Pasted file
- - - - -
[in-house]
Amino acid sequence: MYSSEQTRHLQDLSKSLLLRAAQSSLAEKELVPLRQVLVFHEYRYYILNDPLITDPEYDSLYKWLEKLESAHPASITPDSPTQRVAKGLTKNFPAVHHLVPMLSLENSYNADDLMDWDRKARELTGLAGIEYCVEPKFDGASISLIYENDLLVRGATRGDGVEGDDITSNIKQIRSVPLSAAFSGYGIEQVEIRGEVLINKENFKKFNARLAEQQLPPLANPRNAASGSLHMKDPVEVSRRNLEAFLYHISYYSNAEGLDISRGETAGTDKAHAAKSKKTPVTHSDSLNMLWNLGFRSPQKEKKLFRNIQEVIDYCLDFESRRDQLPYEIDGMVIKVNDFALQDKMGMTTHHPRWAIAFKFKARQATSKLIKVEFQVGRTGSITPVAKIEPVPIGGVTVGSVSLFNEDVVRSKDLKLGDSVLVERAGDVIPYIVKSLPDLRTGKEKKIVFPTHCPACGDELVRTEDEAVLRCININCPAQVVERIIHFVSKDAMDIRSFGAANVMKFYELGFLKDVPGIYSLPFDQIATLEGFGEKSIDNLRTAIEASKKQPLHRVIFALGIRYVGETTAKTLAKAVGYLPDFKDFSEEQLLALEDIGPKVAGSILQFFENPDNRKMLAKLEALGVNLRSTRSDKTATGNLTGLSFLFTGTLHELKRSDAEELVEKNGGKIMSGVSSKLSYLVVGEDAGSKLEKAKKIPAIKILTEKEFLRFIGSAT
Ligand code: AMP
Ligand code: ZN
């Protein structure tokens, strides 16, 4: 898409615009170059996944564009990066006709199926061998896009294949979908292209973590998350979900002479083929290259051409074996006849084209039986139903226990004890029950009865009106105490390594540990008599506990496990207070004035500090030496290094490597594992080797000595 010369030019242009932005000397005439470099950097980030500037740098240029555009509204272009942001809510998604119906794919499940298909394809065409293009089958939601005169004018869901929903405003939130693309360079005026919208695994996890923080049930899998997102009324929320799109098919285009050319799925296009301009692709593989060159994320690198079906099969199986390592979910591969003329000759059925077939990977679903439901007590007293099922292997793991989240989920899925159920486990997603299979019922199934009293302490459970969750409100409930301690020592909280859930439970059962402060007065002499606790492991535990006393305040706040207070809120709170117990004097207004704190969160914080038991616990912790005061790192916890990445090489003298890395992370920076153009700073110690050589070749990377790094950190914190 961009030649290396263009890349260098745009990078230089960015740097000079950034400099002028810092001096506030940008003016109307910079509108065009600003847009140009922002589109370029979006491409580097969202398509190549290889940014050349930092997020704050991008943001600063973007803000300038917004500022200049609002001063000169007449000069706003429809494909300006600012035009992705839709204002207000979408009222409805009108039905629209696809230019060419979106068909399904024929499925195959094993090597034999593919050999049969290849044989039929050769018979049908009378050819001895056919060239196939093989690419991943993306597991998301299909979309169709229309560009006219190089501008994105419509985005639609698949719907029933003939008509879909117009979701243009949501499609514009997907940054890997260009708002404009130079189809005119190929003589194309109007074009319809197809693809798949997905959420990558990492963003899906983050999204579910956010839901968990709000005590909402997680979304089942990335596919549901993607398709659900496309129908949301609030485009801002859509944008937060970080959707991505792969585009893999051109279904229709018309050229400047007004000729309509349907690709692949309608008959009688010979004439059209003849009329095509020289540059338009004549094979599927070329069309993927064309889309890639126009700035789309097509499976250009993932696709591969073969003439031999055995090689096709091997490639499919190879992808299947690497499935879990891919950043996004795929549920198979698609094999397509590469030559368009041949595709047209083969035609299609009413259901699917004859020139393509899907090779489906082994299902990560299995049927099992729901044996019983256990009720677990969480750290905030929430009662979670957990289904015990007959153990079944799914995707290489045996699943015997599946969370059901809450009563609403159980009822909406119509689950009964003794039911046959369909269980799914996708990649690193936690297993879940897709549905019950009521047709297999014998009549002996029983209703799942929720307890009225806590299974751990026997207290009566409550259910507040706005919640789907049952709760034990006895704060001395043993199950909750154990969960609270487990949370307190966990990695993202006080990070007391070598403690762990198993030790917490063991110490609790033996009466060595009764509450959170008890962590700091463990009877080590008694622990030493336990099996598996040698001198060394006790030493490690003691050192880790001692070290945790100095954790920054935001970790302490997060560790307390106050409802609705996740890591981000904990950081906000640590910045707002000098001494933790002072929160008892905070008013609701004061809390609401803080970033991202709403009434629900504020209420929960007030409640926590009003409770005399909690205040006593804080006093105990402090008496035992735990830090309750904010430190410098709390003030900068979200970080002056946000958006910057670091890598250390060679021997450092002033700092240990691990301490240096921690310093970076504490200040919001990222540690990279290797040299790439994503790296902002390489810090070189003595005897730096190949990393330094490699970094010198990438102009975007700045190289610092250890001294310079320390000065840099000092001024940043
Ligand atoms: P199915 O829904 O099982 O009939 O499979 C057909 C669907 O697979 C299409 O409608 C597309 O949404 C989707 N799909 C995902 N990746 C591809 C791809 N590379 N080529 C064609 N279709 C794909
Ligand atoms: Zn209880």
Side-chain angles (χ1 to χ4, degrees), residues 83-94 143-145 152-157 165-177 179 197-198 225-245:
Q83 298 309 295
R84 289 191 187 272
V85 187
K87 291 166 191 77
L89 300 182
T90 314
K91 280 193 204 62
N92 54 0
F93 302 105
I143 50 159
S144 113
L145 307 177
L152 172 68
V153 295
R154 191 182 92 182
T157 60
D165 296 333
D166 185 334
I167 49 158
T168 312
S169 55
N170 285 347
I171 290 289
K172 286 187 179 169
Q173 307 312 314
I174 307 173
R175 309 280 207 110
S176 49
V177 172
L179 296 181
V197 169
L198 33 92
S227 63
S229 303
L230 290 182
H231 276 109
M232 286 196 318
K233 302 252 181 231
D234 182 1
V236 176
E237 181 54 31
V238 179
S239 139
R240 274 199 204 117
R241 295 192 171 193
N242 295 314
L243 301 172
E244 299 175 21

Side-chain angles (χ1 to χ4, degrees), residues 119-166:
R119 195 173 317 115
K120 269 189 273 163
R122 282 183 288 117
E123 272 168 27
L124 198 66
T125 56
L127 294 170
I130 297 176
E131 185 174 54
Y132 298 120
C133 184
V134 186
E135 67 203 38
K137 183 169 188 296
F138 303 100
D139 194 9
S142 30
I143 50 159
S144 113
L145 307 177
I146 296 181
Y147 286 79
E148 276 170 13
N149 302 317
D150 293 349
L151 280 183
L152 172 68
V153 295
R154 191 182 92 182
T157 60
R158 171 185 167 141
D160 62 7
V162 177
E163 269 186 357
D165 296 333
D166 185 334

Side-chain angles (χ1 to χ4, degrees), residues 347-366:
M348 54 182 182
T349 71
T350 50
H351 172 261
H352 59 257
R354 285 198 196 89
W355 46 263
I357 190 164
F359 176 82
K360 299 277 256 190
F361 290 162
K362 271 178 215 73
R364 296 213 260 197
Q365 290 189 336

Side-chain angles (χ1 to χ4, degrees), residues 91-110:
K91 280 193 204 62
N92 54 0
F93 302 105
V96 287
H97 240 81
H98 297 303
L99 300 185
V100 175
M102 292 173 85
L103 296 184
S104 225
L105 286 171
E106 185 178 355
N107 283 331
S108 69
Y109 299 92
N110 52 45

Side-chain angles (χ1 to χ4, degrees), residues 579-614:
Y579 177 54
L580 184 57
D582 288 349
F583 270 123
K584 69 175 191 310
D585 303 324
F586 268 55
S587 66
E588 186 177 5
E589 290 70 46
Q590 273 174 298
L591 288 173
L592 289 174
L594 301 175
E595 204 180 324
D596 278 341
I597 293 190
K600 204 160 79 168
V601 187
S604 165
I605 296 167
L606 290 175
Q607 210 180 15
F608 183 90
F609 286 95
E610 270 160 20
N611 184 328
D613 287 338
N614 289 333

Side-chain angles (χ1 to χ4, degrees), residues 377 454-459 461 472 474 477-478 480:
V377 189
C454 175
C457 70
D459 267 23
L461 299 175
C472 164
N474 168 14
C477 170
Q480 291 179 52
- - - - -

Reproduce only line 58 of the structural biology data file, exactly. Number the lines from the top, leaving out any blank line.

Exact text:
R119 195 173 317 115